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For the vast majority of us, we don’t get enough exercise. But a small minority of perfectionist athletes are perceived by some as “exercise addicts, or obsessive athletes.”

As many as 10% of high-performance runners, and bodybuilders, may have an exercise addiction.

Half an hour of moderate physical activity is enough to help prevent conditions like diabetes, high cholesterol, and high blood pressure. Exercise addicts tend to think that the more they train, the healthier; It doesn’t work that way.

Too much exercise can lead to injuries, exhaustion, and depression. It can also cause lasting physical harm.

man running hard

Extreme exercisers have an extreme need for control

You can distinguish healthy exercise devotees from exercise addicts. Extreme exercising is associated with people who feel an extreme need for control in their lives.

Addiction can also mean exercising at inappropriate times; like exercising outside during thunderstorms. I have heard of an addict who had to maintain his routine of running while his wife was in labor.

Common Signs and Symptoms of Extreme Exercising that Shows You’re Exercising Too Much

There are too many factors to be taken into consideration in order to determine how much exercise is too much (nutrition, stress, intensity, age, etc.). But while there’s no fits-all rule for determining extreme exercising, there are common symptoms associated with the condition that you can look out for.

Too tired to train:

This is because your body isn’t adequately recovering between exercise sessions.

You appear to be getting less fit: 

At a certain point, overtraining will actually move you further and further away from your goals. Look at it this way; if your muscles are constantly breaking down and never getting enough nutrients and time to repair, you’re going to get weaker.

After all, our muscles get bigger and stronger when we leave the field or gym, not when we’re there.

You’re gaining weight: 

extreme exercising puts your body in a state of chronic stress. This messes up your stress hormone (cortisol), and affects your metabolism; it can lead to gaining weight.

Your muscles feel so sore: 

muscle soreness for a day or two after an intense exercising session is normal. But, four days upwards is a sign your body isn’t properly recovering or repairing the damage.

fitbody planet- extreme exercising

You’re emotional and moody: 

Extreme exercising can seriously affect your mental health and can sap your drive, rendering you short-tempered, cranky, sad, anxious, depressed, and a whole host of mood changes.

Of course, there may be other causes of emotional, and mental changes, and if you’re feeling off, talk to your doctor before concluding.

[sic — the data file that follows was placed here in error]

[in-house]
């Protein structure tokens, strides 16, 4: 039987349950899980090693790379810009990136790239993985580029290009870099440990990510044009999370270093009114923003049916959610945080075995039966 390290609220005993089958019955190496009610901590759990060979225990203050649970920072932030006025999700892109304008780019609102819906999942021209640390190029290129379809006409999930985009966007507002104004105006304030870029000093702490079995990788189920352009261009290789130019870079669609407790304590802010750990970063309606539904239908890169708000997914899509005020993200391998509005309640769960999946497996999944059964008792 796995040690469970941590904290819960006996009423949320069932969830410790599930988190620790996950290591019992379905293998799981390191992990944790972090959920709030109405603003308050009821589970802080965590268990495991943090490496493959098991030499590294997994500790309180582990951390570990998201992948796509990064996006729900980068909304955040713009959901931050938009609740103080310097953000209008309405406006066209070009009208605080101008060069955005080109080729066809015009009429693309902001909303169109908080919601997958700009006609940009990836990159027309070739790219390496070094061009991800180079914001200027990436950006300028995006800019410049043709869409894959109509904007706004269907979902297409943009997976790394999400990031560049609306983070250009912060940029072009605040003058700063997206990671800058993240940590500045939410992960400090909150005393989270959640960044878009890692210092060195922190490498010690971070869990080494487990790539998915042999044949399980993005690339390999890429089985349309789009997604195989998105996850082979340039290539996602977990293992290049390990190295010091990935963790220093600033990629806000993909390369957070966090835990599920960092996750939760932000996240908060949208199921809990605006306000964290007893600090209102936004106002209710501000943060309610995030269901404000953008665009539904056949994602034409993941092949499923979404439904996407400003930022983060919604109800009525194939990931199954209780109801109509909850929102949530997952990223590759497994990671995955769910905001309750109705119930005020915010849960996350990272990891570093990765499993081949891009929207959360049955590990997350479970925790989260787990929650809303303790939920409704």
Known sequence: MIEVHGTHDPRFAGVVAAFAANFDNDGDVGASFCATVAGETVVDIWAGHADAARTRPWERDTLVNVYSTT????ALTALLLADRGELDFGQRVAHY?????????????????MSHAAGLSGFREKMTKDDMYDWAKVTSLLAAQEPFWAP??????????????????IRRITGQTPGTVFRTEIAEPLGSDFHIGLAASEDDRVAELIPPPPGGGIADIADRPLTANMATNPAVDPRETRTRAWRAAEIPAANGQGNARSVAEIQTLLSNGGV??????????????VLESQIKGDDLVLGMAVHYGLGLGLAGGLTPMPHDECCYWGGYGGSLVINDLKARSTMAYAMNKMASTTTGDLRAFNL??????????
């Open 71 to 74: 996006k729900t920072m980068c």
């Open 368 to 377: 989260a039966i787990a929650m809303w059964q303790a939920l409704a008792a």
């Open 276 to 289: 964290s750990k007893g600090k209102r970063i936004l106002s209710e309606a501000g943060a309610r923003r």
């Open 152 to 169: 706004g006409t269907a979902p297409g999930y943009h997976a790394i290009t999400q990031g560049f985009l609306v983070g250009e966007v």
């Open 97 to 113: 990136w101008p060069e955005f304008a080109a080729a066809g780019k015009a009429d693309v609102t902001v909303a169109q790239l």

Your sleep lacks quality: 

It’s usually true that the more you exercise, the easier it would be to fall asleep. But extreme exercising can cause your sleep quality to down the drain.

You easily get an injury: 

Frequently getting injured like pulling a muscle or aggravating an old injury, can be a sign of too much exercise.

This is because, you’re exercising with broken down, weakened muscles, which makes you more susceptible to injury and increases your risk for over-use and compensatory injuries.

Your heart rate is unstable: 

If your resting heart rate is more of hammering or pounding than beating, chances are that you have been overtraining. That’s because, if your body is working overtime to meet the needs of your training, it can affect your resting heart rate.

You don’t need a heart rate monitor to notice, but the benefit of good heart-rate tracking gadgets (like the Apple Watch) is that they also measure your heart rate variability. For example, if you’re in a restful state like lying in bed, and you feel your heart racing, that might be an indicator that you’re over-exercising.

How to Recover From Extreme Exercising

Some of the symptoms of extreme exercising sound familiar. But firstly, you will have to chat up a specialist or healthcare provider. That’s because many of the symptoms can also be symptoms of other serious health conditions like heart disease, hypertension, depression, and more.

Once these conditions have been ruled out, and it’s been confirmed that you really do have problems from extreme exercising, your next step is to scale your routine back.

Usually, I will suggest going at least one week without any exercise to help your body reset and recover fully. I will also recommend that you work with a trainer who can calculatedly write a program for you based on your fitness goals and current lifestyle. And, of course, it’s important that you follow the program and observe your rest when a rest day is scheduled.

Also, given that inadequate nutritional intake often contributes to overtraining, you should also work with a nutritionist to figure out exactly what you should be eating to complement your training goals.

The Bottom Line

Getting the recommended amount of exercise as per HSS is important; getting more than that is okay as long as you have a goal in mind that also provides enough time to rest and recover between workouts.

But if you start to experience any of the symptoms associated with extreme exercising, scale back, and partner with a fitness professional who will guide and streamline your routines to achieve your goal.

The take-home message here is that there is likely a limit to how much exercise is good for you, and your long-term health should be considered in light of these findings.